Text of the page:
14. 14.
    Dinka D, Nyce JM, Timpka T (2009) Situated cognition in clinical visualization: the role of transparency in gammaknife neurosurgery planning. Artif Intell Med 46:111–118PubMedCrossRefGoogle Scholar
  15. 15.
    Ash JS, Berg M, Coiera E (2004) Some unintended consequences of information technology in health care: the nature of patient care information system-related errors. J Am Med Inform Assoc 11:104–112PubMedCentralPubMedCrossRefGoogle Scholar
  16. 16.
    Afkari H, Eivazi S, Bednarik R, Mäkelä S (2014) The potentials for hands-free interaction in micro-neurosurgery. In Proc of NordiCHI’14. ACM 401–410Google Scholar
  17. 17.
    Nardi BA, Schwarz H, Kuchinsky A, Leichner R, Whittaker S, Sclabassi R (1993) Turning away from talking heads: the use of video-as-data in neurosurgery. In Proc. INTERACT’93 and CHI’93 conference. ACM 327–334Google Scholar
  18. 18.
    Eivazi S, Bednarik R, Tukiainen M, Fraunberg M, Leinonen V, Jääskeläinen JE (2012) Gaze behaviour of expert and novice microneurosurgeons differs during observations of tumor removal recordings. In Proc of ETRA’12. ACM 377–380Google Scholar
  19. 19.
    Mitsuishi M, Morita A, Sugita N, Sora S, Mochizuki R, Tanimoto K, Baek YM, Takahashi H, Harada K (2012) Master–slave robotic platform and its feasibility study for micro-neurosurgery. Int J Med Robot 9:180–189PubMedCrossRefGoogle Scholar
  20. 20.
    Beyer H, Holtzblatt K (1999) Contextual design. Interactions 6:32–42CrossRefGoogle Scholar
  21. 21.
    Lehecka M, Laakso A, Hernesniemi J, Çelik Ö (2011) Helsinki microneurosurgery basics and tricks . DruckereiHohl GmbH and Co, KG, GermanyGoogle Scholar
  22. 22.
    Hsiu-Ting C, Hsu M, Chao-Hsu T, Wei-Liang H, Tien-Hsiang W (2012) A three-dimensional stereoscopic monitor system in microscopic vascular anastomosis. Microsurgery 32:571–574CrossRefGoogle Scholar
  23. 23.
    Wieben O (2001) Image-guided surgery. In: Webster J (eds) Minimally Invasive Medical Technology, Series in Med Physics and Biomed Eng, pp. 152–175Google Scholar
  24. 24.
    Charlier J, Sourdille P, Behague M, Buquet C (1991) Eye-controlled microscope for surgical applications. Dev Ophthalmol 22:154–158PubMedGoogle Scholar
  25. 25.
    Hinckley K, Pausch R, Goble JC, Kassell NF (1994) Passive real-world interface props for neurosurgical visualization. In Proc of the SIGCHI conference, ACM, 452–458Google Scholar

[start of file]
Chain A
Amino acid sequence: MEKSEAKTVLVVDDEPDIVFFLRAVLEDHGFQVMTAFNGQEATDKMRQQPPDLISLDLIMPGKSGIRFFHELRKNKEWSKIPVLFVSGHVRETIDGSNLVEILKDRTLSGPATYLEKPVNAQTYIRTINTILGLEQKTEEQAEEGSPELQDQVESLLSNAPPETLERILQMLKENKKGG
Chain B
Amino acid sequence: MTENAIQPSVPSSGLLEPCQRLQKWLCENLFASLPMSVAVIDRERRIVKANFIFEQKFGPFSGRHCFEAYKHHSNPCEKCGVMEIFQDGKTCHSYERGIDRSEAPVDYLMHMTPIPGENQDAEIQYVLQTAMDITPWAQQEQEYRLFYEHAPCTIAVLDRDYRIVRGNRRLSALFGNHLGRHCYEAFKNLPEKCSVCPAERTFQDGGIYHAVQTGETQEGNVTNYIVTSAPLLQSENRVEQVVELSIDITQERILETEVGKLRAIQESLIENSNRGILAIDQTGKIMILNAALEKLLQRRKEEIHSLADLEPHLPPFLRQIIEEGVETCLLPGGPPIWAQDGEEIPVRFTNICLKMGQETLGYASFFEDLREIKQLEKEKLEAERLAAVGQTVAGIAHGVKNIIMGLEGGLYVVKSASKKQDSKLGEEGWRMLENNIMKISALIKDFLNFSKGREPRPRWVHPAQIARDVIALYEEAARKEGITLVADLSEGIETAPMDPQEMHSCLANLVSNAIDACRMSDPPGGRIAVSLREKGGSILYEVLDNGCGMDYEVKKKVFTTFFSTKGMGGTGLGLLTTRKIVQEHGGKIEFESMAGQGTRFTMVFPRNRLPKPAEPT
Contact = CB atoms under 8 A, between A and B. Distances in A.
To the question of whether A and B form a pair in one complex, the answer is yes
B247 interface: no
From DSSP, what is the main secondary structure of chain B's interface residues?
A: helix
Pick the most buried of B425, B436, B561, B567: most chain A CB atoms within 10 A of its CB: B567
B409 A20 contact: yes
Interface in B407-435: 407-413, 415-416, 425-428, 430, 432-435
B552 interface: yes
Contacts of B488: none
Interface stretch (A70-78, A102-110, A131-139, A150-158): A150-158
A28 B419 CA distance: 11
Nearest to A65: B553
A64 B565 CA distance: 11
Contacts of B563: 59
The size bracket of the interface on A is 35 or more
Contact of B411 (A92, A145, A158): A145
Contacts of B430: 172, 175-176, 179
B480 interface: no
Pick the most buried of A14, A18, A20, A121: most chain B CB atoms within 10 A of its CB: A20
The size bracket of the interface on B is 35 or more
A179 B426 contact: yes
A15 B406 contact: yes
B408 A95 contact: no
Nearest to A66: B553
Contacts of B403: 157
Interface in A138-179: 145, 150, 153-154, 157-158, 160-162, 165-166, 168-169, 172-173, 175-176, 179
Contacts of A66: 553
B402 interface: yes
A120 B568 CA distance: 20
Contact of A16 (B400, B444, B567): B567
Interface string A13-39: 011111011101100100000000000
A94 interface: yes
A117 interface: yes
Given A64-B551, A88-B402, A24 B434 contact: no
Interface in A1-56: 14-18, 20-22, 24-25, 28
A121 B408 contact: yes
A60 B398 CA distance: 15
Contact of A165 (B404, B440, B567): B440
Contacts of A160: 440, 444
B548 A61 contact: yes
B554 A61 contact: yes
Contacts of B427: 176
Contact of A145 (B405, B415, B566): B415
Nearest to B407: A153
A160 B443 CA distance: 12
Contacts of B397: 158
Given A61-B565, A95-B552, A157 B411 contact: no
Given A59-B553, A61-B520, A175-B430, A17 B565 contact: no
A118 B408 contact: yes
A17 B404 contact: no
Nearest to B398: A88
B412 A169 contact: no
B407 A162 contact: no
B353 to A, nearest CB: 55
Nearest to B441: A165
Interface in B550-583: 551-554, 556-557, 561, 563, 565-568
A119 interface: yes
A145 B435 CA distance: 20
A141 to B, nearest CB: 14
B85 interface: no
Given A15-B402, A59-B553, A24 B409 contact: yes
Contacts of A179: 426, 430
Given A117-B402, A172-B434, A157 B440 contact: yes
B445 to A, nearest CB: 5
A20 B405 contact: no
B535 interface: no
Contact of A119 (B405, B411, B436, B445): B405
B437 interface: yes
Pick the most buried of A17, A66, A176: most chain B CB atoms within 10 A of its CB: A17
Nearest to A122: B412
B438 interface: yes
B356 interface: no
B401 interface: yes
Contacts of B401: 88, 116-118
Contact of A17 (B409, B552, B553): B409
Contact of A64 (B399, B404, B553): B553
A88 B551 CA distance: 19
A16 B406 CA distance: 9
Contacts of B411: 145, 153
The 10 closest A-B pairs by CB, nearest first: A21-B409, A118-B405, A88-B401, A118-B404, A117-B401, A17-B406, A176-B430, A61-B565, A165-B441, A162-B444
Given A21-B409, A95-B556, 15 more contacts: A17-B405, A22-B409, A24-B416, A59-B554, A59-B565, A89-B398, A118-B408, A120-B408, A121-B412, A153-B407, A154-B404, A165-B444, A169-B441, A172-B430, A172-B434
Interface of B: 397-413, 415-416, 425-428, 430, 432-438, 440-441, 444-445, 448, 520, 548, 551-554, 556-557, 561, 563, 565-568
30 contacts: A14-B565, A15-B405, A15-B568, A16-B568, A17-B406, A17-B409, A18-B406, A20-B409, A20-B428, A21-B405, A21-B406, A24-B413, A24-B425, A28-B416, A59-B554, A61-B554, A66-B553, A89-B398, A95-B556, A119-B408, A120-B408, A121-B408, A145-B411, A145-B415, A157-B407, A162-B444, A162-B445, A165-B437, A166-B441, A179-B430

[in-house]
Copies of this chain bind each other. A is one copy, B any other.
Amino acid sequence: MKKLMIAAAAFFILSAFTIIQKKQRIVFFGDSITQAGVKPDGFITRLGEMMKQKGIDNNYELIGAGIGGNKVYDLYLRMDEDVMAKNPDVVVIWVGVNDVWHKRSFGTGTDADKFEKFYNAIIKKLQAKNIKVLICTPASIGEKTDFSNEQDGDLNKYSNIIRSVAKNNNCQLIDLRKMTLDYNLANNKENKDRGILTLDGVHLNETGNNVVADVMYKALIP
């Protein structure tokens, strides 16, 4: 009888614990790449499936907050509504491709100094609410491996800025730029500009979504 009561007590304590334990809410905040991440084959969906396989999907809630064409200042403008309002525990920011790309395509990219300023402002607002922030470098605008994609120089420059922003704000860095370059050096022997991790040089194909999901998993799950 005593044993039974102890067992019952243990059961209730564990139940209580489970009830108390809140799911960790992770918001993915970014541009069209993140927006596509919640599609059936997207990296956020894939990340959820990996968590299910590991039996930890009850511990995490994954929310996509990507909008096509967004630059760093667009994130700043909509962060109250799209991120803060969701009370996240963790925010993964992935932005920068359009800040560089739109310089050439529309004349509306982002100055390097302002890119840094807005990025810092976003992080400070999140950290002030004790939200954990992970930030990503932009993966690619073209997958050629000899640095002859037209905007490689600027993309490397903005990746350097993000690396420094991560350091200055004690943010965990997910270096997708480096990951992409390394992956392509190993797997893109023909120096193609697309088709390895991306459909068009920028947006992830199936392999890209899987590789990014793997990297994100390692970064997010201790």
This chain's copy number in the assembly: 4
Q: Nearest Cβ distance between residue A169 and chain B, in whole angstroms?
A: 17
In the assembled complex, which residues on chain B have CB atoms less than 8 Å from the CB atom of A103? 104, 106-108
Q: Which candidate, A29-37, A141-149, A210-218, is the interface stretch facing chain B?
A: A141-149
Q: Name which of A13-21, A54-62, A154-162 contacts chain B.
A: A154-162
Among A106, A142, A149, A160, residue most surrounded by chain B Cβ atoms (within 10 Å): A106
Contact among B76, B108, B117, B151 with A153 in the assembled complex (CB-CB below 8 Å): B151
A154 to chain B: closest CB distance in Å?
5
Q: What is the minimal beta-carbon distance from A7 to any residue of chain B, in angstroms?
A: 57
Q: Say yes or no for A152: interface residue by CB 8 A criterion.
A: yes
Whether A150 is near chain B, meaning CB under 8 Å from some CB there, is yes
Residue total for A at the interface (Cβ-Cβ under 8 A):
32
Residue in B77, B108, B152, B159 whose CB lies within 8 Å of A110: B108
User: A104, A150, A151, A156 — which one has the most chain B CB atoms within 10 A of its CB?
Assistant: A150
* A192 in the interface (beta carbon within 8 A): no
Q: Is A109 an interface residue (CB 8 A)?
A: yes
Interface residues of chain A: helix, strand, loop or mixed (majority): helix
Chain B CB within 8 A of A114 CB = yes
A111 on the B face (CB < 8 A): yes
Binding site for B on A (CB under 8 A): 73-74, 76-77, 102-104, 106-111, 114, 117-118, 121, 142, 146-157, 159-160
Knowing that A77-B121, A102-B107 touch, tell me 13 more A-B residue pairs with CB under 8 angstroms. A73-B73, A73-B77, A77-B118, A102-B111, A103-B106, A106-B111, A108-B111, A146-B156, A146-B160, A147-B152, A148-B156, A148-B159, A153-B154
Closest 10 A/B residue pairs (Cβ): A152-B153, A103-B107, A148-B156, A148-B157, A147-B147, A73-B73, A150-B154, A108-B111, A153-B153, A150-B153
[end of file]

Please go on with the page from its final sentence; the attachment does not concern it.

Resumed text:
26. 26.
    Finke M, Schweikard A (2010) Motorization of a surgical microscope for intra-operative navigation and intuitive control. Int J Med Robot Comput Assist Surg 6(3):269–280CrossRefGoogle Scholar
  27. 27.
    Hillaire S, Lécuyer A, Cozot R, Casiez G (2008) Using an eye-tracking system to improve camera motions and depth-of-field blur effects in virtual environments. In VR’08 Conference. IEEE 47–50Google Scholar
  28. 28.
    Duchowski A (2002) A breadth-first survey of eye-tracking applications. Behav Res Meth Instr C 34(4):455–470CrossRefGoogle Scholar
  29. 29.
    Jacob RJ, Karn KS (2003) Eye tracking in human-computer interaction and usability research: Ready to deliver the promises. In: Hyona J, Radach R, Deubel H (eds) The mind’s eye: cognitive and applied aspects of eye movement research, pp 573–603Google Scholar
  30. 30.
    Ware C, Mikaelian HH (1987) An evaluation of an eye tracker as a device for computer input. In ACM SIGCHI Bull 17:183–188. ACMGoogle Scholar

Copyright information

© Springer-Verlag Wien 2015

Authors and Affiliations

  • Shahram Eivazi
    • 1
  • Hoorieh Afkari
    • 1
  • Roman Bednarik
    • 1
  • Ville Leinonen
    • 2
  • Markku Tukiainen
    • 1
  • Juha E. Jääskeläinen
    • 2
  1. 1.School of ComputingUniversity of Eastern FinlandJoensuuFinland
  2. 2.Neurosurgery of KUH NeuroCenterKuopio University Hospital and Institute of Clinical Medicine, University of Eastern FinlandKuopioFinland

Personalised recommendations